Your Child’s Services are Related to their Needs, not the School District’s Availability
One of the most frustrating things I hear too often as a special education attorney is that school districts will tell parents of special education students that a service or item is not available. As school districts are well aware, the Individuals with Disabilities Education Act (“IDEA”) provides that special education students must be provided with an appropriate educational program based upon the student’s complete educational needs. First, school districts must comprehensively evaluate students suspected of having special education needs. This includes, if warranted, assessments of students’ cognitive, academic, social, emotional, behavioral, communication, sensory, fine motor, gross motor, and visual needs. Following the completion of a sufficient evaluation of the student’s complete educational needs, an Evaluation Report is issued and includes recommendations for the student’s educational program to be considered by the Individualized Education Program (“IEP”) team.
After a student is comprehensively evaluated and determined to have special education needs, the student’s IEP team meets in order to develop an appropriate educational program that is based upon the student’s needs indicated in the Evaluation Report. Thus, if a student has expressive, receptive, and pragmatic speech and language needs, the speech and language evaluator should make specific recommendations for the student’s IEP. These should include measurable goals that are based upon the student’s speech and language needs in each of those areas and a baseline for the goal so that progress on the goal can be appropriately monitored. Moreover, the speech and language evaluator should make recommendations for the type, frequency, and duration of the speech and language services the student needs in order to meet their annual IEP goals. Specifically, the speech and language evaluator should recommend how many sessions per week of speech and language services the student needs to meet their annual IEP goals, as well as the length of each session. The speech and language evaluator should also determine whether the student’s services should be individually with the speech and language evaluator and/or in group with the speech and language evaluator, as well as other students.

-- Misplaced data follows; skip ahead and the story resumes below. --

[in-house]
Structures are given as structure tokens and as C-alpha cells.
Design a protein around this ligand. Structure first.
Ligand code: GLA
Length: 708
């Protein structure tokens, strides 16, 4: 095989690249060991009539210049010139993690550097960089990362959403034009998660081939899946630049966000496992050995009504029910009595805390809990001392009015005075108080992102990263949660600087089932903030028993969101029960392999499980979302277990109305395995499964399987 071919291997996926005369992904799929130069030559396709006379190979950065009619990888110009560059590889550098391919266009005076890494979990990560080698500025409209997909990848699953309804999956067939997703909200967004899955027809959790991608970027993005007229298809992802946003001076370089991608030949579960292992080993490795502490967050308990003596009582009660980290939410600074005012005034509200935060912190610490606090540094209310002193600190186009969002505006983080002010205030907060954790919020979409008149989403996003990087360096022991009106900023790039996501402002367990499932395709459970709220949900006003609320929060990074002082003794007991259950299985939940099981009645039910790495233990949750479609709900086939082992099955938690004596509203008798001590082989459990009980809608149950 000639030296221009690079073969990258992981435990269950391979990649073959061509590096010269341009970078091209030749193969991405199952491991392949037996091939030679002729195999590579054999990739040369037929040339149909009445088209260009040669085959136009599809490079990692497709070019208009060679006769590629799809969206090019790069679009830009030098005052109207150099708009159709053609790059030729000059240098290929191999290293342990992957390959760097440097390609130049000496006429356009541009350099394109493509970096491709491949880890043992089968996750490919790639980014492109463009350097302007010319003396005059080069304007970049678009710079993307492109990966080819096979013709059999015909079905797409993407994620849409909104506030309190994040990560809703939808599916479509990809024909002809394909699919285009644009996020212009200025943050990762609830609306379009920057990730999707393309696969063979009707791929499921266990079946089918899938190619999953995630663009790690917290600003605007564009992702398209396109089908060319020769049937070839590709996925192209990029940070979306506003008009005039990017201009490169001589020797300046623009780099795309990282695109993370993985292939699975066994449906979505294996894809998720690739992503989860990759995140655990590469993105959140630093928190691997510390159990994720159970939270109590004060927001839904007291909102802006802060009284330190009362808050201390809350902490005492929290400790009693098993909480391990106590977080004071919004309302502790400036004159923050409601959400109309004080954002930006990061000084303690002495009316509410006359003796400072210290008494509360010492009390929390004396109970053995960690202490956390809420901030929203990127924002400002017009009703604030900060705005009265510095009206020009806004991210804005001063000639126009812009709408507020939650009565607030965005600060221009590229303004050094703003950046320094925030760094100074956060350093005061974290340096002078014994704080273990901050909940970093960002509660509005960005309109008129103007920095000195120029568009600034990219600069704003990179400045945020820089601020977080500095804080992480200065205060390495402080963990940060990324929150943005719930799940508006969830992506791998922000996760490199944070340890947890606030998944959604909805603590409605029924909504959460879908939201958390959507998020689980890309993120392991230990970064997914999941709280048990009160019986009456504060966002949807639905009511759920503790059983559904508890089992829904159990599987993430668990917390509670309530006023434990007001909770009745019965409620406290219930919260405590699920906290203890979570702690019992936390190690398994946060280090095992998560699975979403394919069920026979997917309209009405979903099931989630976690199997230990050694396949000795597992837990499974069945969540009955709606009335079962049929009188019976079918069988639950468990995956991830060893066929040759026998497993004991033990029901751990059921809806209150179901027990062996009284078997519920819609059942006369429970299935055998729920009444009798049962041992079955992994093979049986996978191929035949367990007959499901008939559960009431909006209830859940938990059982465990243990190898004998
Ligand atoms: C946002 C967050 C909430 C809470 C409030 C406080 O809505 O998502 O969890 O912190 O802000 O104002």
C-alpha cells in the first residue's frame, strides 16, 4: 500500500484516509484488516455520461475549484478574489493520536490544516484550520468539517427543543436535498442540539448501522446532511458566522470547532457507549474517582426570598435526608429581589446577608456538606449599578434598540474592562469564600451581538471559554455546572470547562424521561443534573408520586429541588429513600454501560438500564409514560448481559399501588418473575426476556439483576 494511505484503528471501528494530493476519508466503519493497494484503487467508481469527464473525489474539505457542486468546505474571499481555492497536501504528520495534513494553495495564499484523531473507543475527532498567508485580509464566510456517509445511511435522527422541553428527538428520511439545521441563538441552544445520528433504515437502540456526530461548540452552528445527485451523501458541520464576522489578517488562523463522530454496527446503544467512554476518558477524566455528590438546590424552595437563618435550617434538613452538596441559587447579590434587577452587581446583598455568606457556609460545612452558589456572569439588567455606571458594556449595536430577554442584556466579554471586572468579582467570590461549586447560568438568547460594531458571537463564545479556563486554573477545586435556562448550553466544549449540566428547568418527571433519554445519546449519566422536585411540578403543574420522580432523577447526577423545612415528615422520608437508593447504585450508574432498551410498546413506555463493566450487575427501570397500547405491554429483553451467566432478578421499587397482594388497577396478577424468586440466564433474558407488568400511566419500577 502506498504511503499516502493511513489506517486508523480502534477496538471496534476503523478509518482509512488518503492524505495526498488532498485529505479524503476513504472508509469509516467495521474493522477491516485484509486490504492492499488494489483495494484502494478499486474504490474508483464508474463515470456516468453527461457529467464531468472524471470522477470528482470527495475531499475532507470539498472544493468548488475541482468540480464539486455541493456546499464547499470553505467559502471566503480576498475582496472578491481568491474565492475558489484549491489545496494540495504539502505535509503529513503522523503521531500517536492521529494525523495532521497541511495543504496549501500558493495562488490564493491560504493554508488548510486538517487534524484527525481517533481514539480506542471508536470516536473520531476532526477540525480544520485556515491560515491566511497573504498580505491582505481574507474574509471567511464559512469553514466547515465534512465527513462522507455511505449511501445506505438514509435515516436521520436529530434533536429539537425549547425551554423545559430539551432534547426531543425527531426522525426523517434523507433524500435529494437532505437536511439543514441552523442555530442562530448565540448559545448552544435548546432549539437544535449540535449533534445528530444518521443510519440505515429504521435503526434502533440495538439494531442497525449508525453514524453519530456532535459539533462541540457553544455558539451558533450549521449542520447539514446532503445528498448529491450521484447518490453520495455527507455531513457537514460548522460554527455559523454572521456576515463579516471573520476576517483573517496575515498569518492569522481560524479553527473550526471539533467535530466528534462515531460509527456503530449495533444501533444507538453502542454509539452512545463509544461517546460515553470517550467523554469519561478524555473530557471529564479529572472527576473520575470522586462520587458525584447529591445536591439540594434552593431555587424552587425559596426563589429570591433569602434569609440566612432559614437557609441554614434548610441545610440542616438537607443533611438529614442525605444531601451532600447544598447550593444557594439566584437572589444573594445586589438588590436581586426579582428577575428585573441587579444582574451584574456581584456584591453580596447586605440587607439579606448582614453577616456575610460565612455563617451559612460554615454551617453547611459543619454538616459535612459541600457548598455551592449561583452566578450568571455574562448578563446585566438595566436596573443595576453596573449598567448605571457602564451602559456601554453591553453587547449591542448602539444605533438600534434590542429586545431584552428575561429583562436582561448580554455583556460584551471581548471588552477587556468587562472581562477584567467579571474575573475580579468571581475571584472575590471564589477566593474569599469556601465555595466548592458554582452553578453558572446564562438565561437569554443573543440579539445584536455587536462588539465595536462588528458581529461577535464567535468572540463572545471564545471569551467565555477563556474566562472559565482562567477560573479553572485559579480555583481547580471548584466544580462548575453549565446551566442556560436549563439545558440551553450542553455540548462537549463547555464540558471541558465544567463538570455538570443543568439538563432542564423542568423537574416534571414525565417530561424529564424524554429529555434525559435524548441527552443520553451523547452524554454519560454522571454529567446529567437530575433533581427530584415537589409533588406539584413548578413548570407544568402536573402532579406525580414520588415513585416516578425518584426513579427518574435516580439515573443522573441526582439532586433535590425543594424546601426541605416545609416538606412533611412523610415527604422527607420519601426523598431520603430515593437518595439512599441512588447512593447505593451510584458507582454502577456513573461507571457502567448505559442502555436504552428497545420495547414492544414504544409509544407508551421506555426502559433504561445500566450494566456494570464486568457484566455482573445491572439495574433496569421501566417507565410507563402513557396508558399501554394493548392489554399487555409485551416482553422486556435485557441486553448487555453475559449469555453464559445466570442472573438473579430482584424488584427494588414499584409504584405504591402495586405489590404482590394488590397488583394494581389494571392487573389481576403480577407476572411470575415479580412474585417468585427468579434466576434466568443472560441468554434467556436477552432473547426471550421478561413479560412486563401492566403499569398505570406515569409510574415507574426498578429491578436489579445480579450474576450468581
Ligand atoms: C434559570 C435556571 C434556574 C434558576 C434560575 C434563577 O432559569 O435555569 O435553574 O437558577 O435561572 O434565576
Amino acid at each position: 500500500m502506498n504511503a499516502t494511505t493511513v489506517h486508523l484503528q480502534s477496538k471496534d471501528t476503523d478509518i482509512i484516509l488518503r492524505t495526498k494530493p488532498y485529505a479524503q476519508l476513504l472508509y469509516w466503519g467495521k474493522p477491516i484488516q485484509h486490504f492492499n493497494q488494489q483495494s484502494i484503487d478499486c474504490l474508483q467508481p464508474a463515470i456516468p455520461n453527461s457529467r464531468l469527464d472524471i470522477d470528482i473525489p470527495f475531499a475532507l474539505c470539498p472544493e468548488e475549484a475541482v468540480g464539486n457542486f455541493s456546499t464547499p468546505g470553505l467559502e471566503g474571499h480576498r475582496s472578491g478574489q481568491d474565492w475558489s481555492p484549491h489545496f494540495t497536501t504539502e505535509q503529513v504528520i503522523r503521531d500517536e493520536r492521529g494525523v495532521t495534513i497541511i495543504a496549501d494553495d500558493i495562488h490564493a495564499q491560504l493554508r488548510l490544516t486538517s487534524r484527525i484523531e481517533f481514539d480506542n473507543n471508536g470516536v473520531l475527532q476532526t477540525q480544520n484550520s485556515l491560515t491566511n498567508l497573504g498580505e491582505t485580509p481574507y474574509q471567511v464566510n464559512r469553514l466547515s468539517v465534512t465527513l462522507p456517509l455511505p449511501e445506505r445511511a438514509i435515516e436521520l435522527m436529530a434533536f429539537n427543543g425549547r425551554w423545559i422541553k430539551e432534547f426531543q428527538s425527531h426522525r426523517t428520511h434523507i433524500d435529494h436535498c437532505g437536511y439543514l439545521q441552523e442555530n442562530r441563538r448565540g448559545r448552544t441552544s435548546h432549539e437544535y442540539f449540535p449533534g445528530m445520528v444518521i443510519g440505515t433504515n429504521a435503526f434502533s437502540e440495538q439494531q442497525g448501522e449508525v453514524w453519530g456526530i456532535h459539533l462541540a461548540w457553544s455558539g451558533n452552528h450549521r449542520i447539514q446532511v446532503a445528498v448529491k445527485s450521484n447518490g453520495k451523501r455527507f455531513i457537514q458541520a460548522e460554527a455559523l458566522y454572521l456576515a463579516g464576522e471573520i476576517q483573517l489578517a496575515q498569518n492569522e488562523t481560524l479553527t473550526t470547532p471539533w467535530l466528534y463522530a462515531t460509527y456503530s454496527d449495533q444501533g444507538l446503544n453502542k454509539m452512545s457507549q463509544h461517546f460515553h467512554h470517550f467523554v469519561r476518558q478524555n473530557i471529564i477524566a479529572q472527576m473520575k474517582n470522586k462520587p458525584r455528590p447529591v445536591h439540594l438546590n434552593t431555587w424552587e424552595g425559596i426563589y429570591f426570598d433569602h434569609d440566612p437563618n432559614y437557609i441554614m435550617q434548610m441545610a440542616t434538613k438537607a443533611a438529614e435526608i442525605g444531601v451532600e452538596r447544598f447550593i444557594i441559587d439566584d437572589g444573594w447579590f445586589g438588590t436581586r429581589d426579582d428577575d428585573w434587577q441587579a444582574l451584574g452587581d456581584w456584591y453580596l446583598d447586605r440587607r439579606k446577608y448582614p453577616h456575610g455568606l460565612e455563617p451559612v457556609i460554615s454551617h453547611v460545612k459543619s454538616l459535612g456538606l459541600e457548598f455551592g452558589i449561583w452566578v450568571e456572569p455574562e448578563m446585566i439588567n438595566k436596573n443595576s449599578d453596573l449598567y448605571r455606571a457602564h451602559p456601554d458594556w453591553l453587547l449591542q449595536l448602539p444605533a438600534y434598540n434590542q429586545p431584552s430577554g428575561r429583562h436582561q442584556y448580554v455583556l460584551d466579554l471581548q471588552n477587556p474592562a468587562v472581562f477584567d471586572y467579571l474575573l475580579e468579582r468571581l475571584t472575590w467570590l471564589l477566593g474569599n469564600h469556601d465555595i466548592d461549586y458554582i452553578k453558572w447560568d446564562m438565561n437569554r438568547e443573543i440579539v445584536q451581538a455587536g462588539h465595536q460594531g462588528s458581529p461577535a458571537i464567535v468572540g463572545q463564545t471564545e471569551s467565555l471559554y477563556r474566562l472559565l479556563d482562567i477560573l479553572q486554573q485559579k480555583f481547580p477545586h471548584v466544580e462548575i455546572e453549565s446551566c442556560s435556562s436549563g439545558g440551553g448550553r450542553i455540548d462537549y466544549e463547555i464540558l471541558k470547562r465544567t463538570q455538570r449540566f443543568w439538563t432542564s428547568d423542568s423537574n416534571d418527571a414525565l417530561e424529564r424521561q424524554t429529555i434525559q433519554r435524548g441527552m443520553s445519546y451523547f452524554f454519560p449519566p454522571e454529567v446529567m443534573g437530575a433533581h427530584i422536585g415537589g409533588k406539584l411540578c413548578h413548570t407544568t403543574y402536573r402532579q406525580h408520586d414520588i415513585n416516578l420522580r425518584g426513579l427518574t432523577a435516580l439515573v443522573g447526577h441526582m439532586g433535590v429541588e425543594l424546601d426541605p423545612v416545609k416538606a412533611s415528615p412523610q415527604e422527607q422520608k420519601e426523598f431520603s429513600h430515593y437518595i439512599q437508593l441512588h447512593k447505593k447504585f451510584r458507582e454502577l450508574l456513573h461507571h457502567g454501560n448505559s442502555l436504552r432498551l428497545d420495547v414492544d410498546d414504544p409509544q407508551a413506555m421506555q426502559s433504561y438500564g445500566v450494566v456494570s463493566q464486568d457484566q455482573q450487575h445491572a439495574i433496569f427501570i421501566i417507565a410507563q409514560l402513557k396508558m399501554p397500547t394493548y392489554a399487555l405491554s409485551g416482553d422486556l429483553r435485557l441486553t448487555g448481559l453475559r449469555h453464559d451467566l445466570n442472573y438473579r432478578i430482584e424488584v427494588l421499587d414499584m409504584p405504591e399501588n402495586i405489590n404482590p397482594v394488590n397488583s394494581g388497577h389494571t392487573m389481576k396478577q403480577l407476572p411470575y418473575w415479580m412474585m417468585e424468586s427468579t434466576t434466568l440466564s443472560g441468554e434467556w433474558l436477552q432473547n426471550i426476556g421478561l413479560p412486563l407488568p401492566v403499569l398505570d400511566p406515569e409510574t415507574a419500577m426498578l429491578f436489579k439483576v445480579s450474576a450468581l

Sadly, just today, one of my clients advised that, during the IEP meeting she attended for her son, the school district advised that it currently does not have a speech and language therapist available to provide any speech any speech and language services to her son. This young man has extremely significant speech and language needs, including identification with a Speech and Language Impairment, and he has been recommended for thirty minutes of individual speech and language services and forty-five minutes of group speech and language services per week. The school district should know that the IDEA does not provide for an exception for special education services due to the school district’s lack of available services. The school district should know that it is absolutely required to provide the special education services the student needs. If the school district lacks a required service for a special education student, it must either contract for the service through a private agency or reimburse the family for services they acquired for their child due to the school district’s failure to provide the service.
In conclusion, it is essential that parents of special education students do not accept the school district’s failure to provide special education services that their child requires due to the school district’s unavailability of services. Parents need to understand their child’s right to the services they need and pursue the school district for those services, even if it means seeking out the availability of outside agencies.
By Heather Hulse, JD, MS, MA, of McAndrews Law Offices, P.C.